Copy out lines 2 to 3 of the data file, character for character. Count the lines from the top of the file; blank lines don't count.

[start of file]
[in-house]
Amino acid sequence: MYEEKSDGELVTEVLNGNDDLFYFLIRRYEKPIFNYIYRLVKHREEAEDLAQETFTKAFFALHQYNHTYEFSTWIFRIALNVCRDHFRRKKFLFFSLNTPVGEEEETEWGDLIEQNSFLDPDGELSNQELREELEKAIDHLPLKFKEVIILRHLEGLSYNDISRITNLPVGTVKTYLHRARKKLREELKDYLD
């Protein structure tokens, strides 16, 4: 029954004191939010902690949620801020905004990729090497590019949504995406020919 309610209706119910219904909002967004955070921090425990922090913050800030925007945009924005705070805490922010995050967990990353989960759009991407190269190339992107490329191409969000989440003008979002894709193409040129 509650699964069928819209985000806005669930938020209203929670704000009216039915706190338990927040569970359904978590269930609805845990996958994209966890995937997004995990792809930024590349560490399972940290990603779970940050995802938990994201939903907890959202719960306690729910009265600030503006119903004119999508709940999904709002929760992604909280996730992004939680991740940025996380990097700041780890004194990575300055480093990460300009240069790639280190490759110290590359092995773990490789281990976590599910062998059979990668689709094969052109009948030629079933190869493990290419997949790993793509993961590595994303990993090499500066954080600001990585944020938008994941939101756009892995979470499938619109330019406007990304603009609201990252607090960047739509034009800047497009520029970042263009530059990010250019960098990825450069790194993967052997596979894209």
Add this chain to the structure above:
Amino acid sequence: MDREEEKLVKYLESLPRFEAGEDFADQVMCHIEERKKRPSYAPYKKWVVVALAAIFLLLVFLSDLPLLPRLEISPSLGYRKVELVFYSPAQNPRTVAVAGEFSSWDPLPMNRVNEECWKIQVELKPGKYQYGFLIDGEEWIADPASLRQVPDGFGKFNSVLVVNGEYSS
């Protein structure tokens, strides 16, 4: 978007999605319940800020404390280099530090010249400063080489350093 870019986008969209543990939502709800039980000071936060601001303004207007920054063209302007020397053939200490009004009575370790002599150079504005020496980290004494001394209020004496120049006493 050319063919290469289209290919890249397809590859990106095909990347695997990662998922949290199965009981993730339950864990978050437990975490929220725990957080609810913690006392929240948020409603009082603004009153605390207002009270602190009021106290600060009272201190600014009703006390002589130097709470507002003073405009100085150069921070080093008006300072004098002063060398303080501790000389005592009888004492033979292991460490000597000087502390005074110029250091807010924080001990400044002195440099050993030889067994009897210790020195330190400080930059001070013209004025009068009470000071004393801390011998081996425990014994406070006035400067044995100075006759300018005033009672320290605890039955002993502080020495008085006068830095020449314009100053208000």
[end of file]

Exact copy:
Amino acid sequence: MYEEKSDGELVTEVLNGNDDLFYFLIRRYEKPIFNYIYRLVKHREEAEDLAQETFTKAFFALHQYNHTYEFSTWIFRIALNVCRDHFRRKKFLFFSLNTPVGEEEETEWGDLIEQNSFLDPDGELSNQELREELEKAIDHLPLKFKEVIILRHLEGLSYNDISRITNLPVGTVKTYLHRARKKLREELKDYLD
């Protein structure tokens, strides 16, 4: 029954004191939010902690949620801020905004990729090497590019949504995406020919 309610209706119910219904909002967004955070921090425990922090913050800030925007945009924005705070805490922010995050967990990353989960759009991407190269190339992107490329191409969000989440003008979002894709193409040129 509650699964069928819209985000806005669930938020209203929670704000009216039915706190338990927040569970359904978590269930609805845990996958994209966890995937997004995990792809930024590349560490399972940290990603779970940050995802938990994201939903907890959202719960306690729910009265600030503006119903004119999508709940999904709002929760992604909280996730992004939680991740940025996380990097700041780890004194990575300055480093990460300009240069790639280190490759110290590359092995773990490789281990976590599910062998059979990668689709094969052109009948030629079933190869493990290419997949790993793509993961590595994303990993090499500066954080600001990585944020938008994941939101756009892995979470499938619109330019406007990304603009609201990252607090960047739509034009800047497009520029970042263009530059990010250019960098990825450069790194993967052997596979894209």